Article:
Monday, August 12, 2013

A short adventure with Hickory..

A few months back I was at the hardwood dealer picking up a couple boards and found a few 8/4 Hickory offcuts in the "shorts" bin. I grabbed them thinking they would make nice mallet heads.  I have been bashing away at my joinery with a state of the art mallet from the home center...
..and while I haven't found it to be too terrible, I just know that a "real" mallet will make all of my joinery that much better.  All the internet forums say so. 

I had a couple free hours this weekend and decided it was time to whip of a new mallet.  After fighting with the chunks of Hickory for an hour or so I gave up and moved on to other things...terrible stuff.  At least the specimens I had were most awful stuff I have yet attempted to create anything from. Hard and stringy...ugh.

Later that evening I re-grouped and decided to use some Walnut scraps that my father recently sent me.  I also changed up my design to a three part head.

The handle was cut from some cherry left over after the record case project.  I squared the walnut block and then drilled holes for dowels so that I could align the parts once I cut the block into three pieces.  This is a similar process to what some of the wooden plane kits seem to use.

After resawing the walnut into a middle section that was roughly the same thickness as the handle and two thinner sides I ran all the pieces through the planer.  I made sure to run the middle section and the handle through together so they would match exactly.  I should have run a second piece of cherry through for another handle as I have enough stock for two heads.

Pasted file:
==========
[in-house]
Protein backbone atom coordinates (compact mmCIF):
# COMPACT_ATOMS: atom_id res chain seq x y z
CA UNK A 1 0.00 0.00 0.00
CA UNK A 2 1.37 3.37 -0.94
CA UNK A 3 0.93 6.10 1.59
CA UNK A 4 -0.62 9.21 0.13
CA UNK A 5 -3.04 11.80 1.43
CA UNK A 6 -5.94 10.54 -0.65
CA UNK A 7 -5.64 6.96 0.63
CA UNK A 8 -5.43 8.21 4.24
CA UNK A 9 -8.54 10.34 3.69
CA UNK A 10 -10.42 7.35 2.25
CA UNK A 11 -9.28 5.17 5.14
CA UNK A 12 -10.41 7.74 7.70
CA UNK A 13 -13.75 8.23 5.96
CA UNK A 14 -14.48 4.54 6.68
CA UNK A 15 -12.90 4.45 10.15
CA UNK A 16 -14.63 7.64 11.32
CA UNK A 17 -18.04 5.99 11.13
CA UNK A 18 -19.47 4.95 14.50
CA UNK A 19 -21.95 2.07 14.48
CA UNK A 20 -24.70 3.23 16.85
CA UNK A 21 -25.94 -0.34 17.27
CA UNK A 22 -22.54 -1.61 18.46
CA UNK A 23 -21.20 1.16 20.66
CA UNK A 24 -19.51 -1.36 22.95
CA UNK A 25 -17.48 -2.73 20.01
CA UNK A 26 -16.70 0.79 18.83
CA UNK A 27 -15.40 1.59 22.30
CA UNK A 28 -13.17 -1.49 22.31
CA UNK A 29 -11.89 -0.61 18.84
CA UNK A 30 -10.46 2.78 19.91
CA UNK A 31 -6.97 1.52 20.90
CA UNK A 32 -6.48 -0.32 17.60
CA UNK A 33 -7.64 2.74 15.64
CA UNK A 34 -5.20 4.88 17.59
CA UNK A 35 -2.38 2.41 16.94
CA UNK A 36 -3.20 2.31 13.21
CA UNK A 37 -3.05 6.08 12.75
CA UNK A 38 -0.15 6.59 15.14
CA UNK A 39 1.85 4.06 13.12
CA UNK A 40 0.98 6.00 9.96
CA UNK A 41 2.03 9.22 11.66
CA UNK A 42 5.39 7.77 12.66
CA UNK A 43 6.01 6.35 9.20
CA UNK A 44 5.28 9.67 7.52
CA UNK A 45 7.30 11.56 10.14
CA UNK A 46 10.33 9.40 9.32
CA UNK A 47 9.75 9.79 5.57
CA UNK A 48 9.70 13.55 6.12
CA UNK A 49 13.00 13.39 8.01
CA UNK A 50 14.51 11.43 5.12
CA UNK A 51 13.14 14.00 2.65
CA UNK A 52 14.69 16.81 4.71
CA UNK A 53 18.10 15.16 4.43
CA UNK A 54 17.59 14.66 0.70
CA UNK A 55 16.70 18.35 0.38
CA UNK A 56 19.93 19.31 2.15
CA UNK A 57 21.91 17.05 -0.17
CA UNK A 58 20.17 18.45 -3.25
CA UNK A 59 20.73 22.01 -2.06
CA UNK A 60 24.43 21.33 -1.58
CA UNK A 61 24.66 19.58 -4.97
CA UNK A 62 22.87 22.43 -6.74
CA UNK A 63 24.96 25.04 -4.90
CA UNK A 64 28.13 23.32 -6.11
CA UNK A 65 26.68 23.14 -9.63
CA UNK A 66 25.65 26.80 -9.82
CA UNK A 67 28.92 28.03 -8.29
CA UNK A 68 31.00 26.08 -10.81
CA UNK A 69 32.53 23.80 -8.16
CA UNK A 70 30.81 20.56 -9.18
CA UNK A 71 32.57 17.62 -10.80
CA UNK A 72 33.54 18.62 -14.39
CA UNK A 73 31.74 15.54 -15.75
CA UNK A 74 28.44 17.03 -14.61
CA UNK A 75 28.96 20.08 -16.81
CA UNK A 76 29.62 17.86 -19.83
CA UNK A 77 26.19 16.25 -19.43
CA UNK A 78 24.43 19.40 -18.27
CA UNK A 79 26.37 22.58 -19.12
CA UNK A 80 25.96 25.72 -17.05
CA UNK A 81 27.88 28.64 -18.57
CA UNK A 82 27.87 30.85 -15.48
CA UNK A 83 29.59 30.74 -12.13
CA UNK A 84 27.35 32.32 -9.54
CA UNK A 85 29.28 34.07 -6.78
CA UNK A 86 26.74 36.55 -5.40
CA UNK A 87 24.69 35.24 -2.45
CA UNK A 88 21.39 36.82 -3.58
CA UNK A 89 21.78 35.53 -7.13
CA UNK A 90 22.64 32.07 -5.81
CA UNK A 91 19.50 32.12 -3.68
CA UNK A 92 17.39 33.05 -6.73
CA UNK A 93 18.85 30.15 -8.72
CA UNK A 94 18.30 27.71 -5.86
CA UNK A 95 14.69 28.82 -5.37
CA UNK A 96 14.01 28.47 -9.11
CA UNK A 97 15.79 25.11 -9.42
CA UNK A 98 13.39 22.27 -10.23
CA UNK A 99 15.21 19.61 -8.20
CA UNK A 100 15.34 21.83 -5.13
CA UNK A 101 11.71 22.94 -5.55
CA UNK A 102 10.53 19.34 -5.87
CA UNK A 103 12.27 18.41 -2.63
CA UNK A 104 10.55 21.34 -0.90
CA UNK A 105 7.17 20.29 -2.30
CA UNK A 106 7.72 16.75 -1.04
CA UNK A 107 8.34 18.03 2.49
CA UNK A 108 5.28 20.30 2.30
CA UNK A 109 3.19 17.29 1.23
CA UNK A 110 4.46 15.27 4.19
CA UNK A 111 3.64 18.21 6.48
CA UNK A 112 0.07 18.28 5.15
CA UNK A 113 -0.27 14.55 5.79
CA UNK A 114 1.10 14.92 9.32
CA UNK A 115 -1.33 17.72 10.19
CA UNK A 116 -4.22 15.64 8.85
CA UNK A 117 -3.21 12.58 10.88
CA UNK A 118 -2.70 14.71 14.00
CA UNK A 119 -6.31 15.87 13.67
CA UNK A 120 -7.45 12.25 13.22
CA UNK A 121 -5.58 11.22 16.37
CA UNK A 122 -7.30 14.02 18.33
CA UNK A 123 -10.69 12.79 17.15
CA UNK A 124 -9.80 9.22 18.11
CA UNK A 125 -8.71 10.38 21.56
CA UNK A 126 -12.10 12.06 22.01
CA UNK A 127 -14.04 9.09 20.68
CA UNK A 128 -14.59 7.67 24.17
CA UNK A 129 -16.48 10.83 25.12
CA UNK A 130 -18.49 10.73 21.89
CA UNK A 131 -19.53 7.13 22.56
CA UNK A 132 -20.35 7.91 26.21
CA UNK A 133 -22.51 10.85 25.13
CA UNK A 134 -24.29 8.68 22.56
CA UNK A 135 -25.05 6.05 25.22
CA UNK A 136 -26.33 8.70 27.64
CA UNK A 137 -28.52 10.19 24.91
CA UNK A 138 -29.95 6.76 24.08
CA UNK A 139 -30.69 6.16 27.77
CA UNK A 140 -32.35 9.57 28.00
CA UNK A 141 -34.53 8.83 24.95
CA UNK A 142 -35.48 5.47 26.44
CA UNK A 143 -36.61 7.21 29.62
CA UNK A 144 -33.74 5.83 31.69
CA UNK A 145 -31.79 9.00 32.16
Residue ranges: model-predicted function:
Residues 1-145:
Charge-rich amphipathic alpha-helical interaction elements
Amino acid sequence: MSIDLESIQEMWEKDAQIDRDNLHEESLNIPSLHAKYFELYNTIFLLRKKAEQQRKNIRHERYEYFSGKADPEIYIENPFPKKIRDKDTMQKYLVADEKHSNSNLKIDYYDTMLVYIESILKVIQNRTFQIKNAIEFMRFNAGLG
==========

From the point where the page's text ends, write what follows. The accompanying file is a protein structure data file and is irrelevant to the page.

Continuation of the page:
After the pieces were all cleaned up I marked the taper of the handle on to the middle section and cut out the portion that would be the mortise for the handle.  The three layers were then glued together with cherry dowels to align all the parts.  I realized that I should have put two dowels in each end as one does not prevent the middle pieces from rotating.

After the glue was dry I slid the handle in for a test fit...pretty good.  I still need to clean up the head and the decided whether I want to glue the handle in place.  Dowels seem like they might be a good alternative that would still allow me to remove the handle for future replacement/shaping.  

I haven't had a chance to use it more than just bashing a chisel into some feels much nicer in my hand at least.

Sunday, August 4, 2013

Completed Record Case

This afternoon I was able to finish the finish, wet sanded with 1000 grit and then rubbed on a coat of paste wax, and installed the hardware. The hardware install was pretty uneventful other than struggling somewhat with the tiny brads that hold the corner brackets on.  I found that a brad point bit worked well in place of an awl to create a small hole to start the brads.

I am pleased with how the case turned out.  My favorite part is the top.  The burl that I used really lit up once I put some oil on it.

The lid is held on with two chest latches and two dowels.  The dowels help to align the lid and guide the latch hardware together.  I was able to get the latches on either side to line up so that lid can be mounted in either orientation.

The inside of the case is simply sealed with shellac.  I don't know for sure but I am assuming that the fumes from an oil finish would not be desirable for vinyl records. The outside of the case has a couple coats of danish oil and 3-4 coats of wipe on varnish. The handles and corner hardware are from LeeValley; chest latches were Penn Elcom (pn L0566K) that I found on Amazon.  There was no hardware with the latches so I ended up ordering the #6, black coated screws from McFeely's. All in all I have been pleased with all of the hardware.  The corner hardware from Lee Valley was a bit smaller than I was expecting, but I think it works pretty well.